- Media has the power to discriminate. Historically, the hierarchy or “polite society” has used media as a means to safeguard class, age, gender or racial distinctions. Cory Doctorow talks about the implications of this in greater depth in his book, Content, where he states that many of the poorer economies in our “information economy” can’t afford such access.
- Media raises questions about the status and reliability of vision.
- The medium used to convey a message communicates a certain reality through a particular lens that has the power to inform and shape what is seen and heard. It is possible, however, that the medium can alter the meaning of what is seen.
On a practical level, let me summarise the importance of what Gitelman and Pingree are presenting, as they have sought to provide insight into today’s new media by examining media in their historical context.
1 Media per se is a powerful tool of communication, and awareness (rather than ignorance or resistance) of its benefits and limitations will enhance its effectiveness while reducing risk for an organisation.
2 Don’t assume that the message being conveyed through the medium is the message being received by all of its recipients.
The context of the content (including how other media can alter the meaning) can easily be distorted or misread by the degree to which recipients are familiar with the medium being used and the biases and perceptions they bring.
(a) clear communication protocols for yourself and the organisation you lead and;
(b) create an intentional strategy to explore the breadth of new emerging media.
The absence of (a) and (b) conveys a lack of understanding and discipline, exposing your leadership and the organisation’s reputation to unnecessary risks, and ignorance of opportunities.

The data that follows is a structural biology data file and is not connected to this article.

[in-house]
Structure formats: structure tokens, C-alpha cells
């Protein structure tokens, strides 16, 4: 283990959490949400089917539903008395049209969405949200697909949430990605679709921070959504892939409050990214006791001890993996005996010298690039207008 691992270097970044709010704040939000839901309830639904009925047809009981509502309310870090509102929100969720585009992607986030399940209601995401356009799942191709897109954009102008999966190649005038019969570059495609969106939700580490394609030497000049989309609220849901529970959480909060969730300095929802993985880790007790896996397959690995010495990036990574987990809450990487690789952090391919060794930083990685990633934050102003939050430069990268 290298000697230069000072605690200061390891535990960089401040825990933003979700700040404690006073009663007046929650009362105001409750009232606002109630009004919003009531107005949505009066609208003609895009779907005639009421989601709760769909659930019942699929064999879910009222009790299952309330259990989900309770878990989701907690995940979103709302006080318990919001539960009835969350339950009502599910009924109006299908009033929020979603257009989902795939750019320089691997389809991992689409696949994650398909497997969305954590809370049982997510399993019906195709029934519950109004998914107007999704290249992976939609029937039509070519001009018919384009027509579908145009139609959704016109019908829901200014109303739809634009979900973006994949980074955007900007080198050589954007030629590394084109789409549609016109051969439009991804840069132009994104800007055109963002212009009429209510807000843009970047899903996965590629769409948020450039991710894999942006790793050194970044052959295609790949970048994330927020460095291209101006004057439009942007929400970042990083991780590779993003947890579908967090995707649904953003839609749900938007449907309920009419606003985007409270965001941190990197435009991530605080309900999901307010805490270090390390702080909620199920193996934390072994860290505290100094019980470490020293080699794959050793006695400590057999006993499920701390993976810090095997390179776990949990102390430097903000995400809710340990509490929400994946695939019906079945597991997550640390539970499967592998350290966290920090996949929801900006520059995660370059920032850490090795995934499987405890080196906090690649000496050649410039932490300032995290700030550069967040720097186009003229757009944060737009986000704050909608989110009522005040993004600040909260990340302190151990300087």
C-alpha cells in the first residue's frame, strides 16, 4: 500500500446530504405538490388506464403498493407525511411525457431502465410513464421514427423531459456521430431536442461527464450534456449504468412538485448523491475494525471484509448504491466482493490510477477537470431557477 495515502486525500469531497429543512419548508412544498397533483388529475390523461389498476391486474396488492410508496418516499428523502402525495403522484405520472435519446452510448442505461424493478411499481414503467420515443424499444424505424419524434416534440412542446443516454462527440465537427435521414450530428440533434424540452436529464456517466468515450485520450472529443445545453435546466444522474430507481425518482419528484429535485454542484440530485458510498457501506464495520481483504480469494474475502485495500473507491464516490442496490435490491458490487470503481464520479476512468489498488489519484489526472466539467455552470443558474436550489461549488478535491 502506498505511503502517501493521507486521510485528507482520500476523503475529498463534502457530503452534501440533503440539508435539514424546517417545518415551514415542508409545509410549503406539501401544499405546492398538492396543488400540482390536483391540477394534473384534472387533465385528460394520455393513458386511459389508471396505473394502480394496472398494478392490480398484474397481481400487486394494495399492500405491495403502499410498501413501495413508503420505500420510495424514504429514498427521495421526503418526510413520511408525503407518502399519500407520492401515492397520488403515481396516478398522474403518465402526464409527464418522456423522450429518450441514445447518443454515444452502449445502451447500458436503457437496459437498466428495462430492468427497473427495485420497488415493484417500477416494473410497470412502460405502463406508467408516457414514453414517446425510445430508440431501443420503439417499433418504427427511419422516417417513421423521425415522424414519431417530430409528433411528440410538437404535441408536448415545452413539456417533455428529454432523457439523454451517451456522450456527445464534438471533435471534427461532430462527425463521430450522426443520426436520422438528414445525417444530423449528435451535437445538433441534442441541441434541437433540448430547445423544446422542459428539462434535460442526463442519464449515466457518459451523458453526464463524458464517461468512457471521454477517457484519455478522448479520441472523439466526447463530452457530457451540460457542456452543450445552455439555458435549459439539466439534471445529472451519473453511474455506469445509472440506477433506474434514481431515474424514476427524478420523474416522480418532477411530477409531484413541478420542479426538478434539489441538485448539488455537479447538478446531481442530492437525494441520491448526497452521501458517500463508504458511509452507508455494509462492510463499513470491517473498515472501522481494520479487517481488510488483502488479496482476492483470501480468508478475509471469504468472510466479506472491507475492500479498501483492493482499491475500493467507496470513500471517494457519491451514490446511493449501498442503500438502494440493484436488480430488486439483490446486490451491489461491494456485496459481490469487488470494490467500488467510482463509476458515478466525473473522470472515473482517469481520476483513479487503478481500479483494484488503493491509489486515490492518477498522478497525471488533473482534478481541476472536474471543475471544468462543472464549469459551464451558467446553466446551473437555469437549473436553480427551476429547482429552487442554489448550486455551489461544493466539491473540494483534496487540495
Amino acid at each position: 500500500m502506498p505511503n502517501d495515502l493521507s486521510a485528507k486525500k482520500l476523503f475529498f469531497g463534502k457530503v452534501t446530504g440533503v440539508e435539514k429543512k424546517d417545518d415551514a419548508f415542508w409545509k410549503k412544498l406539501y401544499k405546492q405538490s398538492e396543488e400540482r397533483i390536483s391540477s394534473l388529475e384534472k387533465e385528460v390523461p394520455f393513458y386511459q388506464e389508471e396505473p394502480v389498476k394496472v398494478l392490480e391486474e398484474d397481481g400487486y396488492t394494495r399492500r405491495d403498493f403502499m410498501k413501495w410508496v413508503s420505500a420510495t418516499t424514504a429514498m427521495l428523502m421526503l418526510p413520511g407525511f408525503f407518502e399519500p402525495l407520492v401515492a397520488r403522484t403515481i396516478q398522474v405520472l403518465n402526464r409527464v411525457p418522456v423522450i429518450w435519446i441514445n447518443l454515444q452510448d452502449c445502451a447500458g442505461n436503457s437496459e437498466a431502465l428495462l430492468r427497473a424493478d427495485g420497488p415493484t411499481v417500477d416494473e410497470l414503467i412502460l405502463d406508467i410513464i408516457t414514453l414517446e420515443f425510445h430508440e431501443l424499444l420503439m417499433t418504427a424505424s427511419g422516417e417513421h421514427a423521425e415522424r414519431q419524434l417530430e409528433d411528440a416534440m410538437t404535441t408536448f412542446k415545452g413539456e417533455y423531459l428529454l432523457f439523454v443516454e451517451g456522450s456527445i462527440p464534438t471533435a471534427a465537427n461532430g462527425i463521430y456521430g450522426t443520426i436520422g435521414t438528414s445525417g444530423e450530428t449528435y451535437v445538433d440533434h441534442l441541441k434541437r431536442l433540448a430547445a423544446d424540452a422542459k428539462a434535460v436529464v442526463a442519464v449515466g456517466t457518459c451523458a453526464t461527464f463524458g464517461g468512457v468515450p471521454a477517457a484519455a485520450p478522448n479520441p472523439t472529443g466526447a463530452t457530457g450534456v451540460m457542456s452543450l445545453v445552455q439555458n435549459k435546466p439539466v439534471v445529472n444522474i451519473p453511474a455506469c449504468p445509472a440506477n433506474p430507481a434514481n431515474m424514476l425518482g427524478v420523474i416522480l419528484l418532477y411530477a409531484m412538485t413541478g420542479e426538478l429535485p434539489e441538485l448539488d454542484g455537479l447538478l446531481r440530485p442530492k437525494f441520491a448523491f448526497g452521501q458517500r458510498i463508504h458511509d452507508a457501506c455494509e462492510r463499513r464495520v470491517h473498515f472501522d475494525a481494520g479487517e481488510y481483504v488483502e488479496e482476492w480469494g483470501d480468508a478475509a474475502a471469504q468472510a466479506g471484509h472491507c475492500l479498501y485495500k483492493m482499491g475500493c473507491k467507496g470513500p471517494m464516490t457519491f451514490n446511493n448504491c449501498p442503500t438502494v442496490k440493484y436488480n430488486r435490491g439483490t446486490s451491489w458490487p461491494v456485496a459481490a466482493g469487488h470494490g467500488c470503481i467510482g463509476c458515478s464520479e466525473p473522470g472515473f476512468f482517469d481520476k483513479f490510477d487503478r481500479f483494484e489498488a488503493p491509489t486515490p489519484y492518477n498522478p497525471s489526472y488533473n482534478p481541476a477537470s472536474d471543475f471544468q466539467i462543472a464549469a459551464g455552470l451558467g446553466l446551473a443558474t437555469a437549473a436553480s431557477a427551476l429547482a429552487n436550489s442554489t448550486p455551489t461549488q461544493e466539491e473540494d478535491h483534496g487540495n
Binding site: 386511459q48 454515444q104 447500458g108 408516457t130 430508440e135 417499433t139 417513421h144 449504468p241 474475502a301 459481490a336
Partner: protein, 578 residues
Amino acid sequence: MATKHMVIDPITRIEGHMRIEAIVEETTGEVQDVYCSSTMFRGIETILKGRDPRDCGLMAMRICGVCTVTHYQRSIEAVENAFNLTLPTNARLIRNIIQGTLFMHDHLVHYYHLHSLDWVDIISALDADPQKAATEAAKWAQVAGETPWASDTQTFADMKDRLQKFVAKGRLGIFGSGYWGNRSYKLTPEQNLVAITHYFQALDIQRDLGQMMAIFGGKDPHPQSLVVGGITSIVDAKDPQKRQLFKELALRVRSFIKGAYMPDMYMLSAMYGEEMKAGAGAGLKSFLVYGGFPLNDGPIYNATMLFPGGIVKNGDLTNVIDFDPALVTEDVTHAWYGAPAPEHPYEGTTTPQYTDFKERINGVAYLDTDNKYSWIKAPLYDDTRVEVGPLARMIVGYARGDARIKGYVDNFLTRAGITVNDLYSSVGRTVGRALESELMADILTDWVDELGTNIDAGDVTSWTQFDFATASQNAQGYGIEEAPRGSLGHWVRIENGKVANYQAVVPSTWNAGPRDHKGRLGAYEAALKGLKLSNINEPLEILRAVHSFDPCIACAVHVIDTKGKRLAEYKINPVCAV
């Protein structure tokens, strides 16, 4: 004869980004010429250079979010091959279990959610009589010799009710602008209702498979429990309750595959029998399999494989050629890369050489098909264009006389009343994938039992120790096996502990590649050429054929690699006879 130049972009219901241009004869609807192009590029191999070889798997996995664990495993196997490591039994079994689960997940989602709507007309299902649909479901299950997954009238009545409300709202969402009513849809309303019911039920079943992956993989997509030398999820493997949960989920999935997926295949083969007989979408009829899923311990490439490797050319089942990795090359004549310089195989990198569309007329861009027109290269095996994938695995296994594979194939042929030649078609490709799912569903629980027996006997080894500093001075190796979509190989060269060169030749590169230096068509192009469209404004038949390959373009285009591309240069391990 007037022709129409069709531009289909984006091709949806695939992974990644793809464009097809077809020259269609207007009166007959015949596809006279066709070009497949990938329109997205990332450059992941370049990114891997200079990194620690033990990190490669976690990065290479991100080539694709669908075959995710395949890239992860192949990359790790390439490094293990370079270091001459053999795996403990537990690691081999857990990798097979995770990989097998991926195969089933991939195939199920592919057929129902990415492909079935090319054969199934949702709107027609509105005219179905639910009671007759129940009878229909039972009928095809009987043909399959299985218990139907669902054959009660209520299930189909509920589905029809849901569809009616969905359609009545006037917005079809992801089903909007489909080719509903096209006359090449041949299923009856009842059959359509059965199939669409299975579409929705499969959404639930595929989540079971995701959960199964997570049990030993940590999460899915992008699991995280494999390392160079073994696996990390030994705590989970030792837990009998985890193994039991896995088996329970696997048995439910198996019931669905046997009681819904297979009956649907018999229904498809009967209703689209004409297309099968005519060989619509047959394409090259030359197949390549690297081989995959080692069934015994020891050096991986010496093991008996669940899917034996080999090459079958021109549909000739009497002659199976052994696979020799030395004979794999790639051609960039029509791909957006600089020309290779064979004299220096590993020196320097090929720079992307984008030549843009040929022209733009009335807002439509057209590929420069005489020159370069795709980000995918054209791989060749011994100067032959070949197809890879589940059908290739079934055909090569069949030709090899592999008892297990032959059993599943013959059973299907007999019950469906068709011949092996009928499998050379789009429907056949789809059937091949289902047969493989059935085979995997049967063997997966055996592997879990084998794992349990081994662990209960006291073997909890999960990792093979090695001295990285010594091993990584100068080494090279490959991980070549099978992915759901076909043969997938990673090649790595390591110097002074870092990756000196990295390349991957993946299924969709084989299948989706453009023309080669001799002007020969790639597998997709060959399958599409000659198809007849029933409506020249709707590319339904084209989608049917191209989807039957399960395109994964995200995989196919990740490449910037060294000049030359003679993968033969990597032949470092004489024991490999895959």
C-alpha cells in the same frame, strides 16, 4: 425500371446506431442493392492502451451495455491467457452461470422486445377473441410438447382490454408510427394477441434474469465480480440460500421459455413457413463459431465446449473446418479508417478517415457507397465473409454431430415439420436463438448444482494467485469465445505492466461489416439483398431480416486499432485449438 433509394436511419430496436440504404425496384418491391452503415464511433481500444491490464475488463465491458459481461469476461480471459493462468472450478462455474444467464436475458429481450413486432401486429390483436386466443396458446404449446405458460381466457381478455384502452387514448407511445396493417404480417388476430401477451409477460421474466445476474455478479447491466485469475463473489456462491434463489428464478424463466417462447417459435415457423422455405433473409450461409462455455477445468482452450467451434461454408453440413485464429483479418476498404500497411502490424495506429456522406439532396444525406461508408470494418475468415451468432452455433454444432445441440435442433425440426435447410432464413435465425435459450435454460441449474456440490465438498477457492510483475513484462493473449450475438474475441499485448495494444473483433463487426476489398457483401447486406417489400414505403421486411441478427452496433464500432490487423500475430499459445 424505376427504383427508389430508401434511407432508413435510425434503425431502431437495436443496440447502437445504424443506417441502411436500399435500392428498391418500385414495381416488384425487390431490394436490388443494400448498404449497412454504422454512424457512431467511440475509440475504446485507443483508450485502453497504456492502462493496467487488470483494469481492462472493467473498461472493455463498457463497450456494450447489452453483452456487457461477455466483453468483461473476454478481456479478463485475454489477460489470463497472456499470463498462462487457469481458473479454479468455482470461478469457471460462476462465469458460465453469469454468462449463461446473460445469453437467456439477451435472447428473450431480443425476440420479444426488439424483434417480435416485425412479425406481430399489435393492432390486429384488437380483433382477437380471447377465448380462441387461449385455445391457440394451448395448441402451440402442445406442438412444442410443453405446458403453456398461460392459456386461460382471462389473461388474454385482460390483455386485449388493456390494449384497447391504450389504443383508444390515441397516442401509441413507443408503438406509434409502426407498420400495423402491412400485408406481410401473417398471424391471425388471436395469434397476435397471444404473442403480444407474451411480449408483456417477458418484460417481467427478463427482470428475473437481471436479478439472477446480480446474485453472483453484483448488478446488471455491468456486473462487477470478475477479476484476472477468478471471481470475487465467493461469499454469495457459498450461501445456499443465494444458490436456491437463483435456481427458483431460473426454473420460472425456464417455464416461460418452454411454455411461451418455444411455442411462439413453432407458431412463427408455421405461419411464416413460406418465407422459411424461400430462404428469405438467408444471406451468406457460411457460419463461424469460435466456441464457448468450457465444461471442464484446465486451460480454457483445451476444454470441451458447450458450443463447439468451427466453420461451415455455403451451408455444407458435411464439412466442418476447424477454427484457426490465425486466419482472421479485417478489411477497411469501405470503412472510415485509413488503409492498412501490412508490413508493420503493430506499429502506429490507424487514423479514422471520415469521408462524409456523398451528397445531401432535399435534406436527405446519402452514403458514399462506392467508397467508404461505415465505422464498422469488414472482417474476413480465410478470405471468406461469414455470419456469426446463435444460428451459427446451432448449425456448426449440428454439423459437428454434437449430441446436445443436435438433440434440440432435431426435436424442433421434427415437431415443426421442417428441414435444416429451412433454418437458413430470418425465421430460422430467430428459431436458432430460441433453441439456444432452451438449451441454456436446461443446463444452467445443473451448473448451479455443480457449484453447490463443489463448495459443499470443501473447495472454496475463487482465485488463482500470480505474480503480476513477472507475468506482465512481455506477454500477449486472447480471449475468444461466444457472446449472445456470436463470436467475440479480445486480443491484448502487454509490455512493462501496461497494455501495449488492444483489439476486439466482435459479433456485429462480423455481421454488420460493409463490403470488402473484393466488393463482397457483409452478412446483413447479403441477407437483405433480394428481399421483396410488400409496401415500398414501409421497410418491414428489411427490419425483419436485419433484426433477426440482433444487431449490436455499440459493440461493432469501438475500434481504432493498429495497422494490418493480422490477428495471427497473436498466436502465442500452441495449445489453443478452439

4 While media has been used by “the hierarchy” or those in privileged and powerful positions to control, influence and shape what they want people to know, it is wise to reflect on the power of the Internet and its potential to be a great leveller.
“People… communicate mind to mind. There is no race. There are no genders. There is no age. There are no infirmities. There are only minds… Utopia? No, the internet. Where minds, doors, and bodies open up.” (New Media 1740–1915. eds. Lisa Gitelman and Geoffrey B. Pingree, page 91. Cambridge: MIT Press.)
What’s the bottom line?
There are some excellent leadership models that contain specific characteristics helpful to leaders suited to a range of different contexts, including across cultures.
However, some leaders are running so fast in responding to short-term demands that they rarely have time to think about the type of leader they want to be.
Here are important questions:
- What characteristics of leadership are critical to my current organisational context, and which ones do I need to focus on developing?
- What changes do I need to make to transition from a Level three or Level four leader to what Jim Collins describes as a “Level five leader”?
- As a leader, do I know who I am serving?